StATS: Analyzing data under an Intention to Treat model (December 19, 2007).

Dear Professor Mean, I need to know how to analyze a data set using the intention to treat principle.

The Intention to Treat (ITT) principle does not really require you to learn any new statistical methods. If you proposed a t-test in your original protocol, you would use a t-test in your ITT analysis. If you had proposed a logistic regression model in your original protocol, you would use a logistic regression model in your ITT analysis.

The key to an ITT analysis is who you include in the treatment group and who you include in the control group. And the short answer is to include everybody. Donít let any patients be excluded from the analysis because they stopped taking the drug or because they switched to the competing therapy. If they were randomized to receive surgery, you analyze as if they received the surgery not matter what actually occurred after the coin was flipped to assign them to surgery. If they chickened out and ran out of the hospital screaming in terror, still analyze them as if they had gotten the operation. If they were randomized to receive a drug treatment instead of surgery, but they end up changing their mind and demanding surgery, analyze them as if the received the drug treatment only.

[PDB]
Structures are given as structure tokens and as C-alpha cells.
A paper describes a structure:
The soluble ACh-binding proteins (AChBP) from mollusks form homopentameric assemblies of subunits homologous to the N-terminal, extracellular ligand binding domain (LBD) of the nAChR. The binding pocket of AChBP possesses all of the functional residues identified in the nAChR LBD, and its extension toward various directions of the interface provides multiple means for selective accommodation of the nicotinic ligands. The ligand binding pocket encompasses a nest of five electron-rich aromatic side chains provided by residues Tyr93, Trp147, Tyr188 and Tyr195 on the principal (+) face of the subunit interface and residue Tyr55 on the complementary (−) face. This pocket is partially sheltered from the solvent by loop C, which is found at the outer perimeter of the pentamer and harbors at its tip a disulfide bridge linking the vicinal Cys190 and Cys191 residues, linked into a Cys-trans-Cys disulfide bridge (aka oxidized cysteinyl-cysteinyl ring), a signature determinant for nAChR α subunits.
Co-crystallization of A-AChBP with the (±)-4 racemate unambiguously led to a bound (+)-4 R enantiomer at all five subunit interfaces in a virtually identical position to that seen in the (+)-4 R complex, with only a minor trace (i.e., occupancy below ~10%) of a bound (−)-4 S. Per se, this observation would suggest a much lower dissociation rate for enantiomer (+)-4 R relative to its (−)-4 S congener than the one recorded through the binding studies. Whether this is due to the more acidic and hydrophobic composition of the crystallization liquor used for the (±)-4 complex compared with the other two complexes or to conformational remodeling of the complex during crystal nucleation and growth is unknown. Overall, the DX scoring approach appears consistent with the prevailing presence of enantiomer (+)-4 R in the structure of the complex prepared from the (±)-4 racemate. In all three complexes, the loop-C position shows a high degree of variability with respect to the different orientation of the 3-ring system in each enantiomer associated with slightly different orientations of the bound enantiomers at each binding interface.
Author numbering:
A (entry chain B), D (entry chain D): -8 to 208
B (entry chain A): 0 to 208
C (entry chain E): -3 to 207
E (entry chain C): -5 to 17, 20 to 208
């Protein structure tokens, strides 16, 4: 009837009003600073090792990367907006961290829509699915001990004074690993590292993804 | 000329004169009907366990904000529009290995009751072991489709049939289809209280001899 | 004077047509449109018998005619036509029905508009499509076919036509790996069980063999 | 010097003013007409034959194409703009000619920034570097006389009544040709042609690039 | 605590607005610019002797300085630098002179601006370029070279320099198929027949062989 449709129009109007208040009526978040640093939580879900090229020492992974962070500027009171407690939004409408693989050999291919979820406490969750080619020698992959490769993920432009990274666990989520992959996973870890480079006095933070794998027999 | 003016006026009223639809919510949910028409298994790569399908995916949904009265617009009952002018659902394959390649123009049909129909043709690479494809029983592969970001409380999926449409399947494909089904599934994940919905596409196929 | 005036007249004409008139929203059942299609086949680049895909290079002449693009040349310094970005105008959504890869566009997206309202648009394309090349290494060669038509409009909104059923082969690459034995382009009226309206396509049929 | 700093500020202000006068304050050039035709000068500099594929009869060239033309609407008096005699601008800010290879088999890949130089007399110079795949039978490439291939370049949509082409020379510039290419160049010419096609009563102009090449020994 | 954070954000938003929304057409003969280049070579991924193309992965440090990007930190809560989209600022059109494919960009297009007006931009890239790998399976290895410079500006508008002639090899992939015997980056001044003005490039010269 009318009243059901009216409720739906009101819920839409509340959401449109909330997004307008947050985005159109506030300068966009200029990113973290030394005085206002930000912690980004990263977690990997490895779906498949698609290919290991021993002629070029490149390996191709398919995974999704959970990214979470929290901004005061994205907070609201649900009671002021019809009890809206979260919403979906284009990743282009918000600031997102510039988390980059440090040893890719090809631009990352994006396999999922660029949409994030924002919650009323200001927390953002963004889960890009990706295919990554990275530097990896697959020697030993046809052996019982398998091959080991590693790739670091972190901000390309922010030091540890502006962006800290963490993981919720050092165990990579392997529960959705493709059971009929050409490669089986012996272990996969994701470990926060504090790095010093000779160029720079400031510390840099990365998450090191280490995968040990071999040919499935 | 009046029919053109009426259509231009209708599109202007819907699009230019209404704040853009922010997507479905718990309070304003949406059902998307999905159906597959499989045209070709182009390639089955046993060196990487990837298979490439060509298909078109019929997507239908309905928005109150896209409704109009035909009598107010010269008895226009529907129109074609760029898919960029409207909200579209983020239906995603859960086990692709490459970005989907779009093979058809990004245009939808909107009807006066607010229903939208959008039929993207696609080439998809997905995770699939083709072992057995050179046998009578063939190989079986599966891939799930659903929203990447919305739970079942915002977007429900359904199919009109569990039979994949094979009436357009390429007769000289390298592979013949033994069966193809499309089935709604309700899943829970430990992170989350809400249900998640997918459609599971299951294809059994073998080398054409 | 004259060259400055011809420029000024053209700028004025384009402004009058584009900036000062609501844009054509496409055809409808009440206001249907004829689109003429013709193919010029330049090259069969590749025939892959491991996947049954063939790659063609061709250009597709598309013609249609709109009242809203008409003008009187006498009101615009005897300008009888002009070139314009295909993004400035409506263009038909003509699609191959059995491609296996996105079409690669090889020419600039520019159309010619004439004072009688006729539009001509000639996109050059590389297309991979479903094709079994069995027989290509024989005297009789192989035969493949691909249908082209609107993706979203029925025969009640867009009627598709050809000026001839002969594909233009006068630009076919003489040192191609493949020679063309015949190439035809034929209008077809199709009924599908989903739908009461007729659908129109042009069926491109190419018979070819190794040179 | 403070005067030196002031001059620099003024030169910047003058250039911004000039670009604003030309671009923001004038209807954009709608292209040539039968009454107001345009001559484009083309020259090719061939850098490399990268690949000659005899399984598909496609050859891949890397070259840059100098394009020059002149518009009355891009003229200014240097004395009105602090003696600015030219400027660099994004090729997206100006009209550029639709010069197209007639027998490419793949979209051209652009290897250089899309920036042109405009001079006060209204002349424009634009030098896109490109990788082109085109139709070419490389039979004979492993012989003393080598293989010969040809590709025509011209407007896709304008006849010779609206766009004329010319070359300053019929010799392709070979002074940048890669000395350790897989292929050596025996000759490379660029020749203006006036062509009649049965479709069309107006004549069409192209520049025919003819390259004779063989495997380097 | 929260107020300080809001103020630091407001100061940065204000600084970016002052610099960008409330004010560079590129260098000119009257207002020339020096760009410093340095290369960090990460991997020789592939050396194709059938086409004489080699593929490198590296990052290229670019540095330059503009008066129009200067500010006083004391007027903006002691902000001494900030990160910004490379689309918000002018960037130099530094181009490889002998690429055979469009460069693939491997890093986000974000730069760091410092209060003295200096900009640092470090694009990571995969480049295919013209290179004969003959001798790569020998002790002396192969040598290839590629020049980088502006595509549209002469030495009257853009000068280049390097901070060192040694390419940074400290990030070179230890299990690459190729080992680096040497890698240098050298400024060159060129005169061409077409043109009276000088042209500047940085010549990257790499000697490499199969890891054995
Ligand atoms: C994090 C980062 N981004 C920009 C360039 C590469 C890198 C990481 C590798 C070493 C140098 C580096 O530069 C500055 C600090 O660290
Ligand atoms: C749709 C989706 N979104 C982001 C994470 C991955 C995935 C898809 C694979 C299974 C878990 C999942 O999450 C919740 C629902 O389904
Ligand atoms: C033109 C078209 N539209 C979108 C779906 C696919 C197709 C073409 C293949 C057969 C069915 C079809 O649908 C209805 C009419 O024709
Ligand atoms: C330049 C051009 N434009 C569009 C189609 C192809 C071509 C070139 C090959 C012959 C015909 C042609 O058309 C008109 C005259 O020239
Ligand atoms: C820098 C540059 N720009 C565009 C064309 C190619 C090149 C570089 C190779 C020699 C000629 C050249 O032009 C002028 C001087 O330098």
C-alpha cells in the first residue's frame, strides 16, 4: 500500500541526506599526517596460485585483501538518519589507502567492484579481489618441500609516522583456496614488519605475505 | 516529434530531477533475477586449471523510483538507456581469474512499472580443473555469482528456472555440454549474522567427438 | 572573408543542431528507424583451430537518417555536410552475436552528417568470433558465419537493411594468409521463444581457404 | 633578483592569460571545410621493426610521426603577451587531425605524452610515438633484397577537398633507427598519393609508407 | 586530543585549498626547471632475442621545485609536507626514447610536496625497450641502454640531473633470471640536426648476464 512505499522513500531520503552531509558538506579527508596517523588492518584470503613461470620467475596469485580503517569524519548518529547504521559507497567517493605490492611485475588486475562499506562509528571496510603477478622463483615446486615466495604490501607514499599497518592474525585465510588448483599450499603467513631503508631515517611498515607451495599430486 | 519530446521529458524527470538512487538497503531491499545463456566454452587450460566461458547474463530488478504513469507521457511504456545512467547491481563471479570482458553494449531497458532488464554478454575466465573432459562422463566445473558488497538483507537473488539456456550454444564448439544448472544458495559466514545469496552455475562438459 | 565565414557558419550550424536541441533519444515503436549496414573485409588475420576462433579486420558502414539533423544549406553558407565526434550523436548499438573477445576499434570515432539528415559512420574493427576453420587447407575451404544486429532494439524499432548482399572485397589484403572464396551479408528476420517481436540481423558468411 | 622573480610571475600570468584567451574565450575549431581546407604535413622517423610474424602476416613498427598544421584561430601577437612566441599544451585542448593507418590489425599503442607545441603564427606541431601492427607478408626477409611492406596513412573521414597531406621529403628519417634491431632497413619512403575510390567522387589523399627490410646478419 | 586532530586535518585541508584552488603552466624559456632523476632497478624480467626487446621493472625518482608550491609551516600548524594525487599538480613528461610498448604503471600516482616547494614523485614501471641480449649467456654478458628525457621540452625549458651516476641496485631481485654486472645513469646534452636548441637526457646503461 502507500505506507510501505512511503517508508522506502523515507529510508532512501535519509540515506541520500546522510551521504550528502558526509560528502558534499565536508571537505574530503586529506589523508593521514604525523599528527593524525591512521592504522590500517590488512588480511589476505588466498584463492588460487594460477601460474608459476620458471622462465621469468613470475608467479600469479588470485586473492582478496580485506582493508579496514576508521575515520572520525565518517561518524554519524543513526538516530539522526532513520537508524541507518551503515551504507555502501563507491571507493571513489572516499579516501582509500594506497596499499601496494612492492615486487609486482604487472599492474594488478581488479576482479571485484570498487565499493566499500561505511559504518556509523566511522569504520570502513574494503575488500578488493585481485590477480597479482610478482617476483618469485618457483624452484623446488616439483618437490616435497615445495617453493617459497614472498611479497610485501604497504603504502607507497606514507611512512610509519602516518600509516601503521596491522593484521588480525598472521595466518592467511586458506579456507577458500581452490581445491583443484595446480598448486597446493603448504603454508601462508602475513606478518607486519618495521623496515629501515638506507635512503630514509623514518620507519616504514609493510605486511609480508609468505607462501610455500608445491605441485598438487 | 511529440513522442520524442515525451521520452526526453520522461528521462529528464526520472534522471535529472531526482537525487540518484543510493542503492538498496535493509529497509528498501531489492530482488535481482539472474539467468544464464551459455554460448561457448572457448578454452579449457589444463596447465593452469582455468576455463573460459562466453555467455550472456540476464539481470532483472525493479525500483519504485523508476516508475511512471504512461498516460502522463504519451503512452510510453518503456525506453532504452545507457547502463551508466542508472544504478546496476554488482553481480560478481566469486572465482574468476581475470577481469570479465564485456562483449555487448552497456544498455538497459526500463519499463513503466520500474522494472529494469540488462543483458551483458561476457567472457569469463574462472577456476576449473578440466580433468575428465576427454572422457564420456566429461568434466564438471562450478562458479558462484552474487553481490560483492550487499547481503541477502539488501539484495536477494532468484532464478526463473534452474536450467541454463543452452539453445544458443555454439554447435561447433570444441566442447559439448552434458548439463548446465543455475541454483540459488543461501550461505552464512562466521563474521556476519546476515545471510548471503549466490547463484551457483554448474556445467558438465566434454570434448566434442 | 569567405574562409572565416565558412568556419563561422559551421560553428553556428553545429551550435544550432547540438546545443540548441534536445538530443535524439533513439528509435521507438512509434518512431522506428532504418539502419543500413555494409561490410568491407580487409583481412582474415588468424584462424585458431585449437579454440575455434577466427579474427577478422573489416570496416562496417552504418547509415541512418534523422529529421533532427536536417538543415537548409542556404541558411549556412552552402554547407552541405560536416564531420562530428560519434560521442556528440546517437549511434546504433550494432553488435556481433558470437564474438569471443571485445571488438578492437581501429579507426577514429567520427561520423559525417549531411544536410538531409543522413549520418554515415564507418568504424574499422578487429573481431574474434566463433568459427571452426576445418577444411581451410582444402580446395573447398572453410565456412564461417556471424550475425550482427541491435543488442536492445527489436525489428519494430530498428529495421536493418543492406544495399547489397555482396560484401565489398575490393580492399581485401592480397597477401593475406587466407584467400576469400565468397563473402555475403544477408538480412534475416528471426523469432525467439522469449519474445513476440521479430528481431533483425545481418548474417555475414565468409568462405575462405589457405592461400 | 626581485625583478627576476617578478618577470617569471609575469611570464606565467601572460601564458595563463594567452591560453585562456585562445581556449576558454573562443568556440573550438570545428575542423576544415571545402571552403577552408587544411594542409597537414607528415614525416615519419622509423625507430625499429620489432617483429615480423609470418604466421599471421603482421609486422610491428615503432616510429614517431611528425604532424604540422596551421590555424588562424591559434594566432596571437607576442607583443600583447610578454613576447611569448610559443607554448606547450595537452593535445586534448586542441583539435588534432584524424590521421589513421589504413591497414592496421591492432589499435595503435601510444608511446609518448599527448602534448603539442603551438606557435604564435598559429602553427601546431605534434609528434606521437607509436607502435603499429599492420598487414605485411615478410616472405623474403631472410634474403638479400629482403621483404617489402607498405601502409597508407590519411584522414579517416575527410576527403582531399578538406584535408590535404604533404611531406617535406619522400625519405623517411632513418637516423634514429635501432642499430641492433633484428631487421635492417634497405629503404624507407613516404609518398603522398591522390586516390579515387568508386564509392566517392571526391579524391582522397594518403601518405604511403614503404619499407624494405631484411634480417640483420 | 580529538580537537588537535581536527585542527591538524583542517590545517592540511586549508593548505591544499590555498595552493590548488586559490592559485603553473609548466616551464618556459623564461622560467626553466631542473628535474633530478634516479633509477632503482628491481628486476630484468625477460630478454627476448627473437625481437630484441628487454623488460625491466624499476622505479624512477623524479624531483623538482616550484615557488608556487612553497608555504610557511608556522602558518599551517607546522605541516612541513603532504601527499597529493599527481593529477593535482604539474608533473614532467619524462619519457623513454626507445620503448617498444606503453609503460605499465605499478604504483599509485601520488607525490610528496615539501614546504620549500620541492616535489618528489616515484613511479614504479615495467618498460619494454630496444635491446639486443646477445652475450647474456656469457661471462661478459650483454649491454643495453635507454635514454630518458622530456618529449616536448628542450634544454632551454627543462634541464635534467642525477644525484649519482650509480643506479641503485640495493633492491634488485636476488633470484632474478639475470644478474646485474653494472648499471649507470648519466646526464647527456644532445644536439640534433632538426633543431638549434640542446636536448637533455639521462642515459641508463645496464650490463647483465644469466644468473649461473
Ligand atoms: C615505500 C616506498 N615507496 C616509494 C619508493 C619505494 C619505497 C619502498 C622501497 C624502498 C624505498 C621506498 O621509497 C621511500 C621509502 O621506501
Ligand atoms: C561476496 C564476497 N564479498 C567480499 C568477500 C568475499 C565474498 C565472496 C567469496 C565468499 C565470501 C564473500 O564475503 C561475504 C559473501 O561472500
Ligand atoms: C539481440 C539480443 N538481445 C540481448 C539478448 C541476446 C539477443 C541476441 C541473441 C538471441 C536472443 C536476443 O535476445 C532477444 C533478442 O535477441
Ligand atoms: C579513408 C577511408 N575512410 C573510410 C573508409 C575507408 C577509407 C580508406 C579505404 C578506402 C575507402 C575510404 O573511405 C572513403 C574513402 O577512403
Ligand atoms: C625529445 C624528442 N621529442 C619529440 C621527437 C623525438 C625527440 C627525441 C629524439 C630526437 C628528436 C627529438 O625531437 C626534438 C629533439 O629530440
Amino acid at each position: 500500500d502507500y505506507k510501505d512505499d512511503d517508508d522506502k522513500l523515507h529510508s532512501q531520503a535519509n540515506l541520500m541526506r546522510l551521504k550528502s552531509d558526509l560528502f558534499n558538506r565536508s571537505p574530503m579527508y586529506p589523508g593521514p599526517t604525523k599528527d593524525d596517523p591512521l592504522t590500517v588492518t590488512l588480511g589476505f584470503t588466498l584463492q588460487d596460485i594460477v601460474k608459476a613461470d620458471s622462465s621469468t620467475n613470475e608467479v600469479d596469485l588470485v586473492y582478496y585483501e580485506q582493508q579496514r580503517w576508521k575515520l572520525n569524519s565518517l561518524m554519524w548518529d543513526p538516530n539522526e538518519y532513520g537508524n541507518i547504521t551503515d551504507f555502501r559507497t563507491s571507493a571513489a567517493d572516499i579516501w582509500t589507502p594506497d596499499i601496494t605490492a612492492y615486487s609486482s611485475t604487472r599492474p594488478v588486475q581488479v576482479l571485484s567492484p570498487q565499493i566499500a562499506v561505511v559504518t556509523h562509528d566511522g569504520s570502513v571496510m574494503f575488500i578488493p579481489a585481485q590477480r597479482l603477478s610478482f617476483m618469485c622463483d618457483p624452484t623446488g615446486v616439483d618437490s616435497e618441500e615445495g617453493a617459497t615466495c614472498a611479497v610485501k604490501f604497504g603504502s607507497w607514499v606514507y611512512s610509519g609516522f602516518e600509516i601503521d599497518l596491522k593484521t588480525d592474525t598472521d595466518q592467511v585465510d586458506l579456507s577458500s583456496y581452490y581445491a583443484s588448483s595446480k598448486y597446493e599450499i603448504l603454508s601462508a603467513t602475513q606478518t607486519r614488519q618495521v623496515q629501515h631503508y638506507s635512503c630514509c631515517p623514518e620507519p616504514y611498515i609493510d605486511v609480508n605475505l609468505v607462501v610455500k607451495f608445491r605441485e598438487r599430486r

There really are no complexities to the ITT analysis, other than the fact that it seems counterintuitve. So, if you already have a plan for analysis of the data, you have a plan for analysis of the data using ITT.

This page was written by Steve Simon while working at Children's Mercy Hospital. Although I do not hold the copyright for this material, I am reproducing it here as a service, as it is no longer available on the Children's Mercy Hospital website. Need more information? I have a page with general help resources. You can also browse for pages similar to this one at Category: Measuring benefit and risk.